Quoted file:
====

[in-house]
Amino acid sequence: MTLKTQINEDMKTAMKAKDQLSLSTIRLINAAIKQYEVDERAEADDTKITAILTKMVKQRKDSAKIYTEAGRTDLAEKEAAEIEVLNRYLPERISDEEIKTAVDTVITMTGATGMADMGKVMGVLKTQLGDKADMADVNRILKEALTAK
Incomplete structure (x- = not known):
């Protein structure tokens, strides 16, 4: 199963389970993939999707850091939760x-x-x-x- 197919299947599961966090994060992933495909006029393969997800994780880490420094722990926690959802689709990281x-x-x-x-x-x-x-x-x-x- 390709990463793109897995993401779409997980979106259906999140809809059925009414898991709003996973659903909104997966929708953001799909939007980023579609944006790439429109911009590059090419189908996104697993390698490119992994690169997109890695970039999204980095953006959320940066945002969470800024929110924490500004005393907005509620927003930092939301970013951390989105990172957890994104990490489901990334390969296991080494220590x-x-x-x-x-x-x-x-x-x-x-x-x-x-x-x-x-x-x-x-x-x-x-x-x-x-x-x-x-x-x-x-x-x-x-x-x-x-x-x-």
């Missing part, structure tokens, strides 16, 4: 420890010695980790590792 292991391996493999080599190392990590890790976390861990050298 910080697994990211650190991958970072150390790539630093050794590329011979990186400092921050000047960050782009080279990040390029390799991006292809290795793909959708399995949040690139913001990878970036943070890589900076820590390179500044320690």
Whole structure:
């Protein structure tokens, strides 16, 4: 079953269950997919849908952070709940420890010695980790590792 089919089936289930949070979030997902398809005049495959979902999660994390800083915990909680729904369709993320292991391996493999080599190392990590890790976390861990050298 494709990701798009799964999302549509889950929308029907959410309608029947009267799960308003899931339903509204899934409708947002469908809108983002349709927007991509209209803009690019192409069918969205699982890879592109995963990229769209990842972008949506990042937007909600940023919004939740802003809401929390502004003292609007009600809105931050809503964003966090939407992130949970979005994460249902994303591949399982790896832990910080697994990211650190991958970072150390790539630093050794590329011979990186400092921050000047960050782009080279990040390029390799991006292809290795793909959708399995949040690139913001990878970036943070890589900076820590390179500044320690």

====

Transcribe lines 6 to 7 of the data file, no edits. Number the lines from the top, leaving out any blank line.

Whole structure:
């Protein structure tokens, strides 16, 4: 079953269950997919849908952070709940420890010695980790590792 089919089936289930949070979030997902398809005049495959979902999660994390800083915990909680729904369709993320292991391996493999080599190392990590890790976390861990050298 494709990701798009799964999302549509889950929308029907959410309608029947009267799960308003899931339903509204899934409708947002469908809108983002349709927007991509209209803009690019192409069918969205699982890879592109995963990229769209990842972008949506990042937007909600940023919004939740802003809401929390502004003292609007009600809105931050809503964003966090939407992130949970979005994460249902994303591949399982790896832990910080697994990211650190991958970072150390790539630093050794590329011979990186400092921050000047960050782009080279990040390029390799991006292809290795793909959708399995949040690139913001990878970036943070890589900076820590390179500044320690």